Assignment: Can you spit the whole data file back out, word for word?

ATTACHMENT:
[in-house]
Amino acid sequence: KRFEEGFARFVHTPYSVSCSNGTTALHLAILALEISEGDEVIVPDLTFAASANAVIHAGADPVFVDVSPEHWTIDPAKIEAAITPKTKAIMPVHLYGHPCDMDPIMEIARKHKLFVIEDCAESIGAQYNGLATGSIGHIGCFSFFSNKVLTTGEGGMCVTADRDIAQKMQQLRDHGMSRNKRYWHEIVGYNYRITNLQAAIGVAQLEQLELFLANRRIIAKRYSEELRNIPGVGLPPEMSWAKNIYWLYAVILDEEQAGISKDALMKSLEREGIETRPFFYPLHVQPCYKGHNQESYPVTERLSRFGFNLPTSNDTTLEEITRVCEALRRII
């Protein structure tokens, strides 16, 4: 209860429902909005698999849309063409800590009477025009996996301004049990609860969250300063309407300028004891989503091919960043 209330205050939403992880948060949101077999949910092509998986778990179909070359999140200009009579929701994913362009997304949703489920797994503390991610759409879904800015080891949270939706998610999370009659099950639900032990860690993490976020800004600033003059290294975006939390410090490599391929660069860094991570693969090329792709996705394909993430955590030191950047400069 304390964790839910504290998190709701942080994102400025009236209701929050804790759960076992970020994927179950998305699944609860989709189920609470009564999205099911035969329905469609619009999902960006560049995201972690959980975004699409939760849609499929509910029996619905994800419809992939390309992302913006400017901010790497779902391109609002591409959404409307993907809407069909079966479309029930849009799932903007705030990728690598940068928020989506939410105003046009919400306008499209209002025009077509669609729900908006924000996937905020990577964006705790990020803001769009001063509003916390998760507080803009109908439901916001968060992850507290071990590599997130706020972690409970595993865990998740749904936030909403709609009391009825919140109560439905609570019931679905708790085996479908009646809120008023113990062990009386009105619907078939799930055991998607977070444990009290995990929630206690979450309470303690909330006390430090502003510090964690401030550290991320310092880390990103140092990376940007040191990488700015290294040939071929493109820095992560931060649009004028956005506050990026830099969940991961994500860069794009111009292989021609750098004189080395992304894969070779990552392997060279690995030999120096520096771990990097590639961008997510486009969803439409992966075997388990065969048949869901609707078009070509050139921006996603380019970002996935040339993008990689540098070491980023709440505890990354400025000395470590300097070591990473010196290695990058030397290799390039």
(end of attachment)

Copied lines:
[in-house]
Amino acid sequence: KRFEEGFARFVHTPYSVSCSNGTTALHLAILALEISEGDEVIVPDLTFAASANAVIHAGADPVFVDVSPEHWTIDPAKIEAAITPKTKAIMPVHLYGHPCDMDPIMEIARKHKLFVIEDCAESIGAQYNGLATGSIGHIGCFSFFSNKVLTTGEGGMCVTADRDIAQKMQQLRDHGMSRNKRYWHEIVGYNYRITNLQAAIGVAQLEQLELFLANRRIIAKRYSEELRNIPGVGLPPEMSWAKNIYWLYAVILDEEQAGISKDALMKSLEREGIETRPFFYPLHVQPCYKGHNQESYPVTERLSRFGFNLPTSNDTTLEEITRVCEALRRII
């Protein structure tokens, strides 16, 4: 209860429902909005698999849309063409800590009477025009996996301004049990609860969250300063309407300028004891989503091919960043 209330205050939403992880948060949101077999949910092509998986778990179909070359999140200009009579929701994913362009997304949703489920797994503390991610759409879904800015080891949270939706998610999370009659099950639900032990860690993490976020800004600033003059290294975006939390410090490599391929660069860094991570693969090329792709996705394909993430955590030191950047400069 304390964790839910504290998190709701942080994102400025009236209701929050804790759960076992970020994927179950998305699944609860989709189920609470009564999205099911035969329905469609619009999902960006560049995201972690959980975004699409939760849609499929509910029996619905994800419809992939390309992302913006400017901010790497779902391109609002591409959404409307993907809407069909079966479309029930849009799932903007705030990728690598940068928020989506939410105003046009919400306008499209209002025009077509669609729900908006924000996937905020990577964006705790990020803001769009001063509003916390998760507080803009109908439901916001968060992850507290071990590599997130706020972690409970595993865990998740749904936030909403709609009391009825919140109560439905609570019931679905708790085996479908009646809120008023113990062990009386009105619907078939799930055991998607977070444990009290995990929630206690979450309470303690909330006390430090502003510090964690401030550290991320310092880390990103140092990376940007040191990488700015290294040939071929493109820095992560931060649009004028956005506050990026830099969940991961994500860069794009111009292989021609750098004189080395992304894969070779990552392997060279690995030999120096520096771990990097590639961008997510486009969803439409992966075997388990065969048949869901609707078009070509050139921006996603380019970002996935040339993008990689540098070491980023709440505890990354400025000395470590300097070591990473010196290695990058030397290799390039």